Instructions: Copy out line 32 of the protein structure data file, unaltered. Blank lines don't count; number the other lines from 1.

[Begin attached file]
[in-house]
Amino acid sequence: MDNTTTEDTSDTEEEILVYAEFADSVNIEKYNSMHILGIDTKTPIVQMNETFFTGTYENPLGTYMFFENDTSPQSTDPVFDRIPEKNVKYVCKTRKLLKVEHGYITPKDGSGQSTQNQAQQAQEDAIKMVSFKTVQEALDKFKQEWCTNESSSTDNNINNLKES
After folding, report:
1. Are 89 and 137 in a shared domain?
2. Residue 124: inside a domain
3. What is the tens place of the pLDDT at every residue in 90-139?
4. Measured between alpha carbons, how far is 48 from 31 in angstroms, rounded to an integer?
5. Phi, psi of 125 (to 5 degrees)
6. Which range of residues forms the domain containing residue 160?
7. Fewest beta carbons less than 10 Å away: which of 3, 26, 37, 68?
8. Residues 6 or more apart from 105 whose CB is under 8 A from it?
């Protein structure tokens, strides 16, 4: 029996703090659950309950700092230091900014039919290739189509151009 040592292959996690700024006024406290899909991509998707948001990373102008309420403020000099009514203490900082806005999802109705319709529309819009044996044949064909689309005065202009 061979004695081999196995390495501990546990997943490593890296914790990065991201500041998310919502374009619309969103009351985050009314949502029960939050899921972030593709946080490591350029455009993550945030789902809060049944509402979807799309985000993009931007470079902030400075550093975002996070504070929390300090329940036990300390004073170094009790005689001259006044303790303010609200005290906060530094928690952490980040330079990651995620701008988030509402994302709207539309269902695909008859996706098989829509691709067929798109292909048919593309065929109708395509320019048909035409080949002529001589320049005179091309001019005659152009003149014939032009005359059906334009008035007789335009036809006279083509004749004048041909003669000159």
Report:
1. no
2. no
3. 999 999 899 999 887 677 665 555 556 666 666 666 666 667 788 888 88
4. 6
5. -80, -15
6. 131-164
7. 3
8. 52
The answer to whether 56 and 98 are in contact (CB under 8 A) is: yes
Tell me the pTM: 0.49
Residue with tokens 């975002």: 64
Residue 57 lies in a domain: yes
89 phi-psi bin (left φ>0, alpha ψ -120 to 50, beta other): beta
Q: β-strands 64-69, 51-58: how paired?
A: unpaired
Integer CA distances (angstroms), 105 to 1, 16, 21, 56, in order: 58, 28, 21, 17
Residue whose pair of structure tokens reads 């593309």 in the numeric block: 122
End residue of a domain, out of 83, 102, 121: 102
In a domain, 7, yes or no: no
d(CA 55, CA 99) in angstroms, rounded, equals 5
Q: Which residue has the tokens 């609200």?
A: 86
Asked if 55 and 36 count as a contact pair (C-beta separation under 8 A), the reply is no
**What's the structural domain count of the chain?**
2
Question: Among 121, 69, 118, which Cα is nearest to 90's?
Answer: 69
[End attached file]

In a domain, 7, yes or no: no